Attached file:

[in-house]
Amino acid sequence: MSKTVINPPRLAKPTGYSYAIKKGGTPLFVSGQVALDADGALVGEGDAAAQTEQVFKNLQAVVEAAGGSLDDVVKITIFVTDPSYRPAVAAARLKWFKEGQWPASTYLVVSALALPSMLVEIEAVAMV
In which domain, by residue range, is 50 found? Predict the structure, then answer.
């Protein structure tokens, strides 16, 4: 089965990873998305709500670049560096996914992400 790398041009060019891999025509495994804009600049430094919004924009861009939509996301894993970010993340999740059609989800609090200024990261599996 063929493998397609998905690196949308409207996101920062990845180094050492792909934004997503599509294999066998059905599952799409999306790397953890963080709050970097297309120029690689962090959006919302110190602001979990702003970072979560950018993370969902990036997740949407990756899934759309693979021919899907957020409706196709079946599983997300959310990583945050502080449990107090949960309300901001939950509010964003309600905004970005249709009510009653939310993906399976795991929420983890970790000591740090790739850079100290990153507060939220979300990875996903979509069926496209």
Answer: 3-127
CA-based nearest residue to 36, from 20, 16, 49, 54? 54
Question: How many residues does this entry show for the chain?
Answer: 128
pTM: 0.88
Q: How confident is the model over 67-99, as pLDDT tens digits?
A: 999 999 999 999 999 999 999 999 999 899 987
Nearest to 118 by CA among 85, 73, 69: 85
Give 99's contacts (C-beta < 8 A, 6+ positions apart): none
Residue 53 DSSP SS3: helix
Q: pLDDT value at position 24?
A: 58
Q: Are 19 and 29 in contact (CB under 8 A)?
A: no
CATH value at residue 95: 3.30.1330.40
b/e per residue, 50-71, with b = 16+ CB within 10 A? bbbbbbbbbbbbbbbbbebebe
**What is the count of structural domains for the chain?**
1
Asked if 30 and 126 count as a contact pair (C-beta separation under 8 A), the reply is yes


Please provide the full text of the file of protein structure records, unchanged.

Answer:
[in-house]
Amino acid sequence: MSKTVINPPRLAKPTGYSYAIKKGGTPLFVSGQVALDADGALVGEGDAAAQTEQVFKNLQAVVEAAGGSLDDVVKITIFVTDPSYRPAVAAARLKWFKEGQWPASTYLVVSALALPSMLVEIEAVAMV
In which domain, by residue range, is 50 found? Predict the structure, then answer.
């Protein structure tokens, strides 16, 4: 089965990873998305709500670049560096996914992400 790398041009060019891999025509495994804009600049430094919004924009861009939509996301894993970010993340999740059609989800609090200024990261599996 063929493998397609998905690196949308409207996101920062990845180094050492792909934004997503599509294999066998059905599952799409999306790397953890963080709050970097297309120029690689962090959006919302110190602001979990702003970072979560950018993370969902990036997740949407990756899934759309693979021919899907957020409706196709079946599983997300959310990583945050502080449990107090949960309300901001939950509010964003309600905004970005249709009510009653939310993906399976795991929420983890970790000591740090790739850079100290990153507060939220979300990875996903979509069926496209």
Answer: 3-127
CA-based nearest residue to 36, from 20, 16, 49, 54? 54
Question: How many residues does this entry show for the chain?
Answer: 128
pTM: 0.88
Q: How confident is the model over 67-99, as pLDDT tens digits?
A: 999 999 999 999 999 999 999 999 999 899 987
Nearest to 118 by CA among 85, 73, 69: 85
Give 99's contacts (C-beta < 8 A, 6+ positions apart): none
Residue 53 DSSP SS3: helix
Q: pLDDT value at position 24?
A: 58
Q: Are 19 and 29 in contact (CB under 8 A)?
A: no
CATH value at residue 95: 3.30.1330.40
b/e per residue, 50-71, with b = 16+ CB within 10 A? bbbbbbbbbbbbbbbbbebebe
**What is the count of structural domains for the chain?**
1
Asked if 30 and 126 count as a contact pair (C-beta separation under 8 A), the reply is yes